A Citizen’s Declamation: Reform and Theatrics

Fabian Schokman

Over the course of this last week, what Sri Lanka has witnessed is a teledrama, not too different from the teledramas that your grandmother, mother and maids watch. An elaborate script designed to draw the gullible into a daily melodrama to take their attention away from the base of the struggle unfolding all around them.

What was witnessed on Monday was not a new and revolutionary ideology on quelling uprising. Innovation in Sri Lankan politics is as scarce as meaningful economic policy. It was very simply a page out of the old book. The plan was a simple one; use goons to attack and destroy the protest site, use political influence to ensure that the police do not do anything, enforce the emergency regulations and clear the site, people will cower in fear, wait for two days until the heat of the moment dies down, continue corrupt governance as usual.

Things DID NOT go as planned.

The political pundits advising the royal family (they are still the royal family; nothing has changed) miscalculated the frustration of the people and above all the widespread support for the protest. I was able to witness first hand, staff of large conglomerates including managerial staff, brutally assault goons who were attempting to flee. And otherwise, peace-loving citizens like myself, having just watched the violence that descended on peaceful protestors at Galle Face, many of them friends whose acquaintance we had gained or solidified since the “Aragalaya” began, did nothing but watch, even silently admire the retribution. Over the course of that evening and the next day what unfolded was as astonishing as it was unexpected

It is important at this juncture to acknowledge that the institutions in this nation have been eroded and public faith in them is nearly non-existent. Over the course of decades, the police that the Defense Secretary lauded in his address to the nation last evening as a bastion of the protection of the rights of citizens, has long lost its lustre in the eyes of the people. It has come to be regarded as a band of mercenaries whose only purpose is to defend and protect, not the innocent, but the political overlords and their henchmen. Everyone has a story of bribery and corruption when it comes to the police force and it is a matter of public opinion that they do not institute justice nor facilitate democracy, only quell it. The blame for this must fall squarely not just on the political machine (under different governments) of decades, but the police personnel who have, for a number of reasons, allied themselves with political figureheads and long divested from the purpose of the force while also allowing corruption to grow like weeds in their field.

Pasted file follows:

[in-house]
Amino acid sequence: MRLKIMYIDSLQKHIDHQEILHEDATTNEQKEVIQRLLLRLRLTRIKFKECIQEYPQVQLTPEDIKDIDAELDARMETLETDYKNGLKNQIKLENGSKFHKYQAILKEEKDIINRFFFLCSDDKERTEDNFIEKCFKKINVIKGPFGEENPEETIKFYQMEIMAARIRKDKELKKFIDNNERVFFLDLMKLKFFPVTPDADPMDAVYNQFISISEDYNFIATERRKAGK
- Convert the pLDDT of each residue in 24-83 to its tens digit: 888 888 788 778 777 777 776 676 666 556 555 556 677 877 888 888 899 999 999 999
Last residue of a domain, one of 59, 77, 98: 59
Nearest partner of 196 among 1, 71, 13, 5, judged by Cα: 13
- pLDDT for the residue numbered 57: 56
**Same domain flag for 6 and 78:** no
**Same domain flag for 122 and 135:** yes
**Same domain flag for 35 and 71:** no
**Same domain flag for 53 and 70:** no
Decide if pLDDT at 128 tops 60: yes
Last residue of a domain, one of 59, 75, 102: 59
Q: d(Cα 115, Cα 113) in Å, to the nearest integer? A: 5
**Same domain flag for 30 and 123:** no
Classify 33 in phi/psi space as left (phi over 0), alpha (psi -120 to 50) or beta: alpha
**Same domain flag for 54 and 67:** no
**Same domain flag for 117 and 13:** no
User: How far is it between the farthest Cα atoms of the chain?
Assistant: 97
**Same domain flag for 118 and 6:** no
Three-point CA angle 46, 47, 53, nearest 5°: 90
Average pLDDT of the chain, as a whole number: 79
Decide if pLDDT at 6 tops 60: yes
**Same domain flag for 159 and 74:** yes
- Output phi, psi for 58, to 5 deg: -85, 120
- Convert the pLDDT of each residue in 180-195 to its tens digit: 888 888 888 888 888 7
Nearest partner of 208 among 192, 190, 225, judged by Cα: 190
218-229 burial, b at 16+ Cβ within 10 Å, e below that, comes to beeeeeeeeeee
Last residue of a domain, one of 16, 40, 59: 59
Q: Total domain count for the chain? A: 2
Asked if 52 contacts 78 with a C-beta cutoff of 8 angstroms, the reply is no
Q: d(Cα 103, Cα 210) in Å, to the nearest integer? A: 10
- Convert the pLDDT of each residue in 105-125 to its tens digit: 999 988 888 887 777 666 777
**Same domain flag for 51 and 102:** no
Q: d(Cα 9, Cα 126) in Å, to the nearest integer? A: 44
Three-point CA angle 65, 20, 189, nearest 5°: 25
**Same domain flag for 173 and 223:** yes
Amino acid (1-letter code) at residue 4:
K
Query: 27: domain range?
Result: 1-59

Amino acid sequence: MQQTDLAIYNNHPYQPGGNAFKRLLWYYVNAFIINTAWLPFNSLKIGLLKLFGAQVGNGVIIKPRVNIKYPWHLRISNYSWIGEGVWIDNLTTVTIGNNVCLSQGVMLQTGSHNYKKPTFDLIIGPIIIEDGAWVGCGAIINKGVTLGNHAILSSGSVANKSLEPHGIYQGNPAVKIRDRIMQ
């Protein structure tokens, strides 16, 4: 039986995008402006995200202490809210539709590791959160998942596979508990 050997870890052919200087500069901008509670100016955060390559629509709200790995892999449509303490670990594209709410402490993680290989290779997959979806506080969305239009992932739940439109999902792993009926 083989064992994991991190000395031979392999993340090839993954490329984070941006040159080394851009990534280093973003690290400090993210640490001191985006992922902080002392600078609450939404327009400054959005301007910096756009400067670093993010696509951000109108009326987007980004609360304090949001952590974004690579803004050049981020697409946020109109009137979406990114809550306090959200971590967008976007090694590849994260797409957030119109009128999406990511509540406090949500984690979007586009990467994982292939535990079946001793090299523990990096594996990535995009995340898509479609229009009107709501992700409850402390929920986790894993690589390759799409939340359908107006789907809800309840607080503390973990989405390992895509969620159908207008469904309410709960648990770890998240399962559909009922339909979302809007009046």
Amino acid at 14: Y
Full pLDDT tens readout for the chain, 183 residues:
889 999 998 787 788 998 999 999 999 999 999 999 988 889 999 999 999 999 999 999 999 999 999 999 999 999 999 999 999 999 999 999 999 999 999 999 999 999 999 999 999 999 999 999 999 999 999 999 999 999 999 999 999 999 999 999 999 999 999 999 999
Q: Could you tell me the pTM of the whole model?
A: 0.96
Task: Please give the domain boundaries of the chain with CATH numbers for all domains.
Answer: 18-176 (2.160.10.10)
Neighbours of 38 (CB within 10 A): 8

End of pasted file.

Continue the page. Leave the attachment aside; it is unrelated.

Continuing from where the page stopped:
With the military, the story is quite different. There are those from across the nation who continue to respect them, but it was under the government of Gotabhaya Rajapakse, that their popularity suffered. It was he who saw them being utilized as pawns and not even the growing awareness of crimes in the war, would entirely wipe their legitimacy in the eyes of the people. Yet, what will unfold in the next few days will decisively decide once and for all if the people of this nation will continue to laud them or they will suffer the fate of their khaki brethren.

Watching the address by General Kamal Gunaratne (Retd), what dawned on me was that the man was indeed an eloquent orator. But even his eloquence could not effectively hide the political drivel that he had undoubtedly being ordered to mask behind his address. Yet I remain certain of one thing; If His Excellency had but half the eloquence of Gen. Gunaratne, then perhaps he stands a chance of salvaging himself from the dregs to which he has fallen. Yet fate and the old gods he worships have seen it fit not to grant him that eloquence and before the eyes of the nation, it is unlikely that he has any hope of preserving himself as a President who can legitimately complete a full term of Presidency.